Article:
(C# Language) Practice Exercise on Property changed event and Lambdas

Create a class called MyNumber with a property called Number of Int32 type. This class should contain an event delegate that takes one argument of Int32 type. The class MyNumber should raise this event when the Number property changes. The changed value should be sent as an argument to all delegates that register to this event. Inside Main create an object of MyNumber and attach an event handler that prints the changed value. The event handler should be an anonymous expression lambda that receives an Int32 argument and prints the number to console. Test the project by changing the Number property. If you did the things correctly, then you should see the event handler called. This might be a difficult one. So please go through the solution if you find the question itself difficult to understand.
(Rev. 03-Dec-2022)

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Parveen,

Objectives of this Exercise

This exercise introduces you to

  1. Property syntax
  2. Raising events
  3. Expression lambdas as event handlers

Video Explanation (see it happen!)

Please watch the following youtube video:

The Solution

Create a C# .NET Core console project as usual. Add a class called MyNumber. You can obtain the completed project from the downloads attached to this video. Now I will discuss the class.

First we have to add an event delegate that accepts one Int32 type of argument and returns void. We have already learnt that dotnet core provides a built-in Action<T> delegate that accepts one argument and returns a void. So we can define a public event called, let's say, public event Action? NumberChanged;

An Action delegate is usually not used for event handlers.

It is more appropriate to use built-in delegates like EventHandler. These delegates contain a parameter to contain the sender of the event. The EventHandler<T> delegate is different from an Action<T> delegate only in the sender parameter void EventHandler<TEventArgs>(object? sender, TEventArgs e);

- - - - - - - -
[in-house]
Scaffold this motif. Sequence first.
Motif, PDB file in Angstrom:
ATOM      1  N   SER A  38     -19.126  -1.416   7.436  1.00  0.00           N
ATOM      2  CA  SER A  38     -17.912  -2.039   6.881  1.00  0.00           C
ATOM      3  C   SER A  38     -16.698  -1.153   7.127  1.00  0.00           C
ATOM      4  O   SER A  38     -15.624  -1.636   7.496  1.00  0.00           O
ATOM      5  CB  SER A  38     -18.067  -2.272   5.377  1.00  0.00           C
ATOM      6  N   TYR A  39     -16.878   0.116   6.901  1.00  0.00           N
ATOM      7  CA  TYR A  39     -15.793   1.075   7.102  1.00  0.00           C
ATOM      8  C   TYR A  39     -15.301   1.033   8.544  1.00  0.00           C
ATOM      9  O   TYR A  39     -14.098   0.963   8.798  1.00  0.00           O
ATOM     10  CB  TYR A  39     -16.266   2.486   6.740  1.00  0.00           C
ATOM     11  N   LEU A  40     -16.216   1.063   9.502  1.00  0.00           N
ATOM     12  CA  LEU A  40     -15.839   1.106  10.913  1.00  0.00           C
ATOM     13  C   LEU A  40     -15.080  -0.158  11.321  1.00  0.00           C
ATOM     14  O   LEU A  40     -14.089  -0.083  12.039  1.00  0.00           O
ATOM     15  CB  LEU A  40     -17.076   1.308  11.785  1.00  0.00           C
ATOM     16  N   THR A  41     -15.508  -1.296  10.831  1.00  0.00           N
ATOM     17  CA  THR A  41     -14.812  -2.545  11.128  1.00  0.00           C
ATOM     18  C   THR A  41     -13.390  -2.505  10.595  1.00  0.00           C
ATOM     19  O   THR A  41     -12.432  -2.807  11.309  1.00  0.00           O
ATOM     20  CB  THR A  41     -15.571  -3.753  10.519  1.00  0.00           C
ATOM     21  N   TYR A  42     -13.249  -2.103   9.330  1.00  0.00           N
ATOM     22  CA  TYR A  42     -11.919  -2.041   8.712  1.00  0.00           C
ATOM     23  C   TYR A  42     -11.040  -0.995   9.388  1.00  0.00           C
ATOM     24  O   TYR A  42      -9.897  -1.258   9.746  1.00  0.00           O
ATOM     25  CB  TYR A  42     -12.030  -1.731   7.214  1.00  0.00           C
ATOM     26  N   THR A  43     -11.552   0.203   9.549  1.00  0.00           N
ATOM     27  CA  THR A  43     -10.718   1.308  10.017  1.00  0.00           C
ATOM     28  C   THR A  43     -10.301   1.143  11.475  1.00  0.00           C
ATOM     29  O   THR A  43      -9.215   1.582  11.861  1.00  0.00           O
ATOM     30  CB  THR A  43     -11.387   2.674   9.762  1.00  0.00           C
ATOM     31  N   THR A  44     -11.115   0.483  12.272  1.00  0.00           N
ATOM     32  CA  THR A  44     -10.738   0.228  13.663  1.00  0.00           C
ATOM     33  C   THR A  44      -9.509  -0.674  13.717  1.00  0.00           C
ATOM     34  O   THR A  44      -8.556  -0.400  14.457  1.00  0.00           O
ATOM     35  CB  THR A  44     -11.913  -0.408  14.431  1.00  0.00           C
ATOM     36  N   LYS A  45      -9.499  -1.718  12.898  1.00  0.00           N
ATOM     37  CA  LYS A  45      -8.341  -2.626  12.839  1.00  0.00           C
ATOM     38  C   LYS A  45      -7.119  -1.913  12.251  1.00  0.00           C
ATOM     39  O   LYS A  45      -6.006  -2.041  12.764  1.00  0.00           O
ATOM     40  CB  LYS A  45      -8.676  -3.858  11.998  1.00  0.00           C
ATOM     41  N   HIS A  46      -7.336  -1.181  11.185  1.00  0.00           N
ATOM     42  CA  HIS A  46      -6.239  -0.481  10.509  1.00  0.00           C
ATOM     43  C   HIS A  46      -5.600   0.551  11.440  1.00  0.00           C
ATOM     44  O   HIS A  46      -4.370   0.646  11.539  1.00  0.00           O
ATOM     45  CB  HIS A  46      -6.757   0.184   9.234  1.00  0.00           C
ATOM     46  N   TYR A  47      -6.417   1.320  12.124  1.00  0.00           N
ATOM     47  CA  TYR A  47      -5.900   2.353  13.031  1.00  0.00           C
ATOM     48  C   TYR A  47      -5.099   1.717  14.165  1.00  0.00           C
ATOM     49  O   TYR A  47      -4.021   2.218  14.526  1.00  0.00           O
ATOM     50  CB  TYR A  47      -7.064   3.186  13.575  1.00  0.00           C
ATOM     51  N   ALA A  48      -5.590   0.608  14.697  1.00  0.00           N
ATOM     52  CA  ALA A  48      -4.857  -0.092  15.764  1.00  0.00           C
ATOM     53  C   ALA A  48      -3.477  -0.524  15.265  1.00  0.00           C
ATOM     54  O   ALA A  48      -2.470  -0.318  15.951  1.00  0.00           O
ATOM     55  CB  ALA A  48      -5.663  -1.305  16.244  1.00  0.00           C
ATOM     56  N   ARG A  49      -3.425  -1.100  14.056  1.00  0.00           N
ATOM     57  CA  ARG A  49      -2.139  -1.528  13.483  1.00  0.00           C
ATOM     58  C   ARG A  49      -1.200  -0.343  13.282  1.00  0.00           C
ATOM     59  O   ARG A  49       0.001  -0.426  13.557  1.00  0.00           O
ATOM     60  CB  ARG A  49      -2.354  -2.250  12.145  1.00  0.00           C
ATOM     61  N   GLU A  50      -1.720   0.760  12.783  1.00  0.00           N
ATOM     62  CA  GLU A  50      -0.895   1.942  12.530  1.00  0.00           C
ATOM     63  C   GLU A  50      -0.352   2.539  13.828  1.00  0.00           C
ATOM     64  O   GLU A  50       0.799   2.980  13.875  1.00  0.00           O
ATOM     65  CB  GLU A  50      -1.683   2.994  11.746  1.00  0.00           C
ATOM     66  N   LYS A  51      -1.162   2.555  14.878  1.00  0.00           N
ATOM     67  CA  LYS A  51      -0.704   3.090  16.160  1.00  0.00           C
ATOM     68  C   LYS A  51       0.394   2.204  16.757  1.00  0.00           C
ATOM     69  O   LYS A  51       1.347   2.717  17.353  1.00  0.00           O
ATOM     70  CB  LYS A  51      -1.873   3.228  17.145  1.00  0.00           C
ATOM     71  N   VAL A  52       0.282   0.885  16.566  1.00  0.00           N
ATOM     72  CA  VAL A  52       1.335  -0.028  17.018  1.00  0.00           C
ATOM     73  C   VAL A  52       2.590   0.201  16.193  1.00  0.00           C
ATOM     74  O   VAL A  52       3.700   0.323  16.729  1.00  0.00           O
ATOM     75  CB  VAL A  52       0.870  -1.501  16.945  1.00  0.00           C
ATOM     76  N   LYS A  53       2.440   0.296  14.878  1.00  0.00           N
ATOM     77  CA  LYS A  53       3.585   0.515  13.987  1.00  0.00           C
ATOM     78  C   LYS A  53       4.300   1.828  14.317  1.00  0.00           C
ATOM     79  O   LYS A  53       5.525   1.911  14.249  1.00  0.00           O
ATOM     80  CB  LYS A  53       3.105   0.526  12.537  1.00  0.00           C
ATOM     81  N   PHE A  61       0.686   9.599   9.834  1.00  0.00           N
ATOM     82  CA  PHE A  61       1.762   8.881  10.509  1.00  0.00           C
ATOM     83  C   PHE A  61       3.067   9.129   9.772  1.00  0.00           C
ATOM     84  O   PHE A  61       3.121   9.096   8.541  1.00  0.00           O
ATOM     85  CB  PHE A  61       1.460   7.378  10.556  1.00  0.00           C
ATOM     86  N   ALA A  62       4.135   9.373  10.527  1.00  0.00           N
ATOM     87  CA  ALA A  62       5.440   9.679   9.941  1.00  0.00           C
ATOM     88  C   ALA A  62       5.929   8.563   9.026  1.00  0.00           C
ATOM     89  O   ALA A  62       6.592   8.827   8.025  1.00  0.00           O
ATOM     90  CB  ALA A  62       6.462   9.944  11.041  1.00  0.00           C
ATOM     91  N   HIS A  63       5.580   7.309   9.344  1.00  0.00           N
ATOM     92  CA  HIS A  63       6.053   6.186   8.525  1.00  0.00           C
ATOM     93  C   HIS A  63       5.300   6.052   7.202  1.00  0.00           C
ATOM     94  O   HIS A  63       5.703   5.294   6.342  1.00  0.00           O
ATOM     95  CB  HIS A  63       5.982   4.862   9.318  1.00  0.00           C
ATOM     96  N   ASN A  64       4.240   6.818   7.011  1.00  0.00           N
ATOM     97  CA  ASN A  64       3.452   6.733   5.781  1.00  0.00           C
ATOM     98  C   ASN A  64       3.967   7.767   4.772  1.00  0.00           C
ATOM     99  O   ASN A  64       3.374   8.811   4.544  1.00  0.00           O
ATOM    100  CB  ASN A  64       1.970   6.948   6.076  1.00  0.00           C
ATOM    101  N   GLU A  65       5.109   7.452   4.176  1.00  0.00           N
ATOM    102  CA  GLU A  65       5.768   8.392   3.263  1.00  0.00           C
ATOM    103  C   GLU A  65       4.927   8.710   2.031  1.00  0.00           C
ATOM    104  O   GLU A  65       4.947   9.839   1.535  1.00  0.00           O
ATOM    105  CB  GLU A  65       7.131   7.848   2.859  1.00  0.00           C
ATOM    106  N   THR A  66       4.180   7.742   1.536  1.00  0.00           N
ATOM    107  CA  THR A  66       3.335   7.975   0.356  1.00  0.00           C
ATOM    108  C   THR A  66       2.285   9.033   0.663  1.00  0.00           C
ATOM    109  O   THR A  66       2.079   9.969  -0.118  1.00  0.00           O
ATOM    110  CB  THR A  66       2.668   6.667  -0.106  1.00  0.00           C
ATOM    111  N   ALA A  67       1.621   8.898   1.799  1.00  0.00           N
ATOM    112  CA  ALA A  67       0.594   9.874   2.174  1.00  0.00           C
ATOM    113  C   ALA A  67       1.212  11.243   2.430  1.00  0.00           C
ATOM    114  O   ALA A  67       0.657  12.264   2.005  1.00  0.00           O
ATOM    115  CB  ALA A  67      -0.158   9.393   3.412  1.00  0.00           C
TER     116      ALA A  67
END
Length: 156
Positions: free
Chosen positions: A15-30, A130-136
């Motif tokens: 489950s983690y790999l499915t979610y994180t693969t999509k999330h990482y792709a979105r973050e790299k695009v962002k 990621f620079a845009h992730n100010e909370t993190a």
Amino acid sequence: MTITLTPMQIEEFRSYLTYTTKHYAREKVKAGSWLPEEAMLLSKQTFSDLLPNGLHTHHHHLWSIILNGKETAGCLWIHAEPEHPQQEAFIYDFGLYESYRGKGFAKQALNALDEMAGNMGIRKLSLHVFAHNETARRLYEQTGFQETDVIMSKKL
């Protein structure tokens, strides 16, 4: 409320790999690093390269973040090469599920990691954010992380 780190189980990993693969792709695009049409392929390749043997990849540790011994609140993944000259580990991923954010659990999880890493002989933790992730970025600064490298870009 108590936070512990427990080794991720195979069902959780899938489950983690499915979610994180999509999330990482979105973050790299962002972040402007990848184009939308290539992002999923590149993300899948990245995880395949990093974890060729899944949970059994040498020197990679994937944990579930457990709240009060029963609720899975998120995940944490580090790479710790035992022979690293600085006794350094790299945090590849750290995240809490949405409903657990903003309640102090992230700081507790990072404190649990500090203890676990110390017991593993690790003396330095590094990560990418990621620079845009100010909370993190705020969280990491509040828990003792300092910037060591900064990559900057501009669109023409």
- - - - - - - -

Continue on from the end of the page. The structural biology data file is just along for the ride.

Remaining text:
So let's add a data member for the event delegate and call it NumberChanged.

The event keyword signifies that it is a multicast delegate. Many multiple subscribers can subscribe to this delegate. All delegates will be notified when the event is raised. We will be later adding a subscriber in the Main function.


// mynumber.cs 

// project is in the attached downloads 

internal class MyNumber
{
  public event EventHandler<Int32>? NumberChanged;

  private Int32 _number;

  public Int32 Number
  {
    get => _number;

    set
    {
      if (_number != value)
      {
        _number = value;

        // ?. null conditional operator 
        // is a safety guard. Invoke is not 
        // called if NumberChanged is null 
        NumberChanged?.Invoke(this, _number);
      }
    }
  }
}

Next we add a backing member for the Number property.

The getter for the property returns _number.

The setter for the property sets _number = value, if there is a change.

The event is raised by a call to Invoke. The first argument is sender and the second the new number. The question mark after NumberChanged? means that Invoke will not be called if NumberChanged is null, which happens if there is no subscriber for this event.

Main in Program.cs

Next open the Program.cs file. Let's study the Main function now!

First of all we have created an object of the MyNumber class.


// program.cs file 

MyNumber mn = new();

// attach anonymous function 
// using expression lambda 
mn.NumberChanged += (s, n) => Console.WriteLine($"num = {n}");

Console.Write("Enter number: ");

mn.Number = Int32.Parse(Console.ReadLine() ?? "0");

The NumberChanged event is subscribed by using the += operator. The handler is an expression lambda. The first argument s is the sender and the second n is the changed value. This function gets called when the NumberChanged event is raised by the MyNumber class.

Run the Project

We can now run the project. It asks to enter a number. When a number is entered it prints the new value through the attached event handler.

Another Example

Study this class.


internal class MyNumber
{
  public event PropertyChangedEventHandler? PropertyChanged;

  private UInt32 _number;

  private UInt16 _lowPart;

  private UInt16 _highPart;

  private static UInt32 makeUInt32(UInt16 l, UInt16 h)
  {
    byte[] lowBytes = BitConverter.GetBytes(l);
    byte[] highBytes = BitConverter.GetBytes(h);

    byte[] numBytes = lowBytes.Concat(highBytes).ToArray();

    return BitConverter.ToUInt32(numBytes, 0);
  }

  public UInt16 LowPart
  {
    get => _lowPart;
    set
    {
      if (_lowPart != value)
      {
        Number = makeUInt32(value, _highPart);
      }
    }
  }

  public UInt16 HighPart
  {
    get => _highPart;

    set
    {
      if (_highPart != value)
      {
        Number = makeUInt32(_lowPart, value);
      }
    }
  }

  public UInt32 Number
  {
    get => _number;

    set
    {
      if (_number != value)
      {
        _number = value;

        byte[] numBytes = BitConverter.GetBytes(_number);

        _lowPart = BitConverter.ToUInt16(numBytes, 0);

        _highPart = BitConverter.ToUInt16(numBytes, 2);

        PropertyChanged?.Invoke(this, 
          new PropertyChangedEventArgs("Number Changed!"));
      }
    }
  }
}

This is the main function.


// program.cs 

MyNumber mn = new();

Console.Write("Enter number: ");

mn.Number = UInt32.Parse(
              Console.ReadLine() ?? "0");


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